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W.j.c. Invites Soviet Jewish Communities to Stockholm Conference

Dr. Nahum Goldmann, as president of the World Jewish Congress, has invited the leading Jewish religious communities of the Soviet Union, b representing the only existing form of organized Jewish life, to send observers to the forthcoming WJC Plenary Assembly in Stockholm this August, it was announced here today by Dr. Maurice Perlsweie, director of the International Affairs Department of the WJC.

“It is premature to predict what will be the outcome of our initiative,” Dr. Parlawe. I said, “but whatever the result, it must be regarded as an incident in a continuing policy which demands the exercise d patience and unwearying diplomacy. ” He emphasized that it was a permanent element in the policy of Congress to seek to bring the Jewish communities of the Soviet bloc back into active participation in the life and work A world Jewry.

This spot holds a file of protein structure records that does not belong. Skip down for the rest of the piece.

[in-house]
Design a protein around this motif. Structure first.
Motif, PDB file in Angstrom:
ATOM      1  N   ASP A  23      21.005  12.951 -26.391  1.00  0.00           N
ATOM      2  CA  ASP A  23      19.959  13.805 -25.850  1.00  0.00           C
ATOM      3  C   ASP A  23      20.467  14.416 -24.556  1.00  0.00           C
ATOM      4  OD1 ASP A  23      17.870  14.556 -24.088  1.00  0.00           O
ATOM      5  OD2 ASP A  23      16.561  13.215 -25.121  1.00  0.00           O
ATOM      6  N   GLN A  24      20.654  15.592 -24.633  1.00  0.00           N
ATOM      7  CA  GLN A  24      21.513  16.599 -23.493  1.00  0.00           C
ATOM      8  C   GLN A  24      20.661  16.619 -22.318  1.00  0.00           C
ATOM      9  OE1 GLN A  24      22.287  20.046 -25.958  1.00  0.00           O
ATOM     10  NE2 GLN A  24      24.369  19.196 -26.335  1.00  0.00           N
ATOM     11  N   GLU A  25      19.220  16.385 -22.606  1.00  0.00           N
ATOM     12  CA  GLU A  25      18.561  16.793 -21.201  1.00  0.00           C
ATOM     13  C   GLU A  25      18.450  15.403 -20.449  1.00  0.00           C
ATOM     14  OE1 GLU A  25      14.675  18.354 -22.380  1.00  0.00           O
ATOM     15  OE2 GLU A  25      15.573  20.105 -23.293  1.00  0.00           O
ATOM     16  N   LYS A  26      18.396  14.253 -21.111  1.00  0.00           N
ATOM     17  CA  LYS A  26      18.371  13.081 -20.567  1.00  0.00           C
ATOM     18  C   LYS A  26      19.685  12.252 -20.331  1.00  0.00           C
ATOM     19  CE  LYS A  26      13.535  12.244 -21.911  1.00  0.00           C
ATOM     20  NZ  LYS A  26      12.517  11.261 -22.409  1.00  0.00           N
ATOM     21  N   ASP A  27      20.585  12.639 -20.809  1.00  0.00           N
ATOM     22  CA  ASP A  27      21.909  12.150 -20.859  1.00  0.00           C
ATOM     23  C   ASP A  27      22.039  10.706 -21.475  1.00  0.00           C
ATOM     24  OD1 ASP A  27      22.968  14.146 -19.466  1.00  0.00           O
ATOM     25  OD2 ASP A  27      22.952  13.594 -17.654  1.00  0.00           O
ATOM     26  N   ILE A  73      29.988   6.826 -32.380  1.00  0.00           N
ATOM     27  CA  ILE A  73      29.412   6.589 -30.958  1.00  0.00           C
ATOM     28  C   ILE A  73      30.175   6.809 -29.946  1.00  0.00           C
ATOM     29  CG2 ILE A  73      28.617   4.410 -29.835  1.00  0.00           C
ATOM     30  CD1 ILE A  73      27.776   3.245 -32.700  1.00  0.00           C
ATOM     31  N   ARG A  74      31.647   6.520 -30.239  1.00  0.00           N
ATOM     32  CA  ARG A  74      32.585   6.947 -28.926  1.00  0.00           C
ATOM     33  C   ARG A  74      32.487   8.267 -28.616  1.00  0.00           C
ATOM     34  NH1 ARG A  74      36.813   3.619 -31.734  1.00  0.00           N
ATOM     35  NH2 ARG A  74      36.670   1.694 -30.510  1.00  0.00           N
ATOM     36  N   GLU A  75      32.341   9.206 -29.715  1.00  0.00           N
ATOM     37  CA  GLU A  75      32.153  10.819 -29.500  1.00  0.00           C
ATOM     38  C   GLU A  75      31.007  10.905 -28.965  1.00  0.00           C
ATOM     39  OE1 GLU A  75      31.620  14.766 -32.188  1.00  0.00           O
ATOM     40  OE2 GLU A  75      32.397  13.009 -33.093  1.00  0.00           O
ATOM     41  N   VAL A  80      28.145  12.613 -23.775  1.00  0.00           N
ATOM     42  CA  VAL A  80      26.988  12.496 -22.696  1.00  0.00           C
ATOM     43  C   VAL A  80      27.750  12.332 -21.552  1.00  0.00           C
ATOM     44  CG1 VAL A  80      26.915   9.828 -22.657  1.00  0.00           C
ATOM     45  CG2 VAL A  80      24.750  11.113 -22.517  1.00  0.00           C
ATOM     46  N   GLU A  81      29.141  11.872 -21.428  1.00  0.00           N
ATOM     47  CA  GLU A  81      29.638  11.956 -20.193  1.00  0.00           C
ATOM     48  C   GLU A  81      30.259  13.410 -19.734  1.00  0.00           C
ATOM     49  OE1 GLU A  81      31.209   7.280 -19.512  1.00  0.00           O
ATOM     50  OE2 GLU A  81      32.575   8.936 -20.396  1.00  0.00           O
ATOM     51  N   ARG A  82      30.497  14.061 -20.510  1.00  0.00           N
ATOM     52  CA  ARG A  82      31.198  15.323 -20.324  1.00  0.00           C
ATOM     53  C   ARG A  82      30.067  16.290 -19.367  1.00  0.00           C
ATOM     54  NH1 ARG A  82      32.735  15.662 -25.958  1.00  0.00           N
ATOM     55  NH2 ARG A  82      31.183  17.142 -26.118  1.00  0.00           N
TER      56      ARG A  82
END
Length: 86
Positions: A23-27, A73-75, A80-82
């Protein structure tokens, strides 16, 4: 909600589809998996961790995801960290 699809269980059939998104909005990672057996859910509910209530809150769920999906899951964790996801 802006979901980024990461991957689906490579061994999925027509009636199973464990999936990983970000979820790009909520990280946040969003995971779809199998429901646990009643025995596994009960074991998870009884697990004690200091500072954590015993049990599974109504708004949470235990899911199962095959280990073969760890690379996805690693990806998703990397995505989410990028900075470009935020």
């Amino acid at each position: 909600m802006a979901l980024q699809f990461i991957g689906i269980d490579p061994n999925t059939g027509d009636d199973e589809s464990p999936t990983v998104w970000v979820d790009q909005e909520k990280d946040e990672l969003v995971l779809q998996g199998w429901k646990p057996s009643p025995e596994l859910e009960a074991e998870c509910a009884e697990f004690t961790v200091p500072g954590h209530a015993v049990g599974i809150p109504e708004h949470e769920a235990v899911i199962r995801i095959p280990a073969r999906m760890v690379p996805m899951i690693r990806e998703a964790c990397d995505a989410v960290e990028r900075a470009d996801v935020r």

Stating that the communities of Yugoslavia and Hungary were both affiliates of the Congress and that the representative body of Polish Jewry had sent observers to participate in last July’s WJC executive meeting in Geneva, Dr. Perlzweig said, “the Congress will continue to seek the adhesion of other Jewish communities in the countries of the Soviet bloc.”

The problem of Soviet Jewry, be went on, was more difficult one because there existed no central Jewish representative body, whether on a religious or cultural basis. Nevertheless, the leadership of Congress had from the beginning sought to secure representation from that Jewry, and the latest step consisted of the invitations to attend tie Stockholm sessions.

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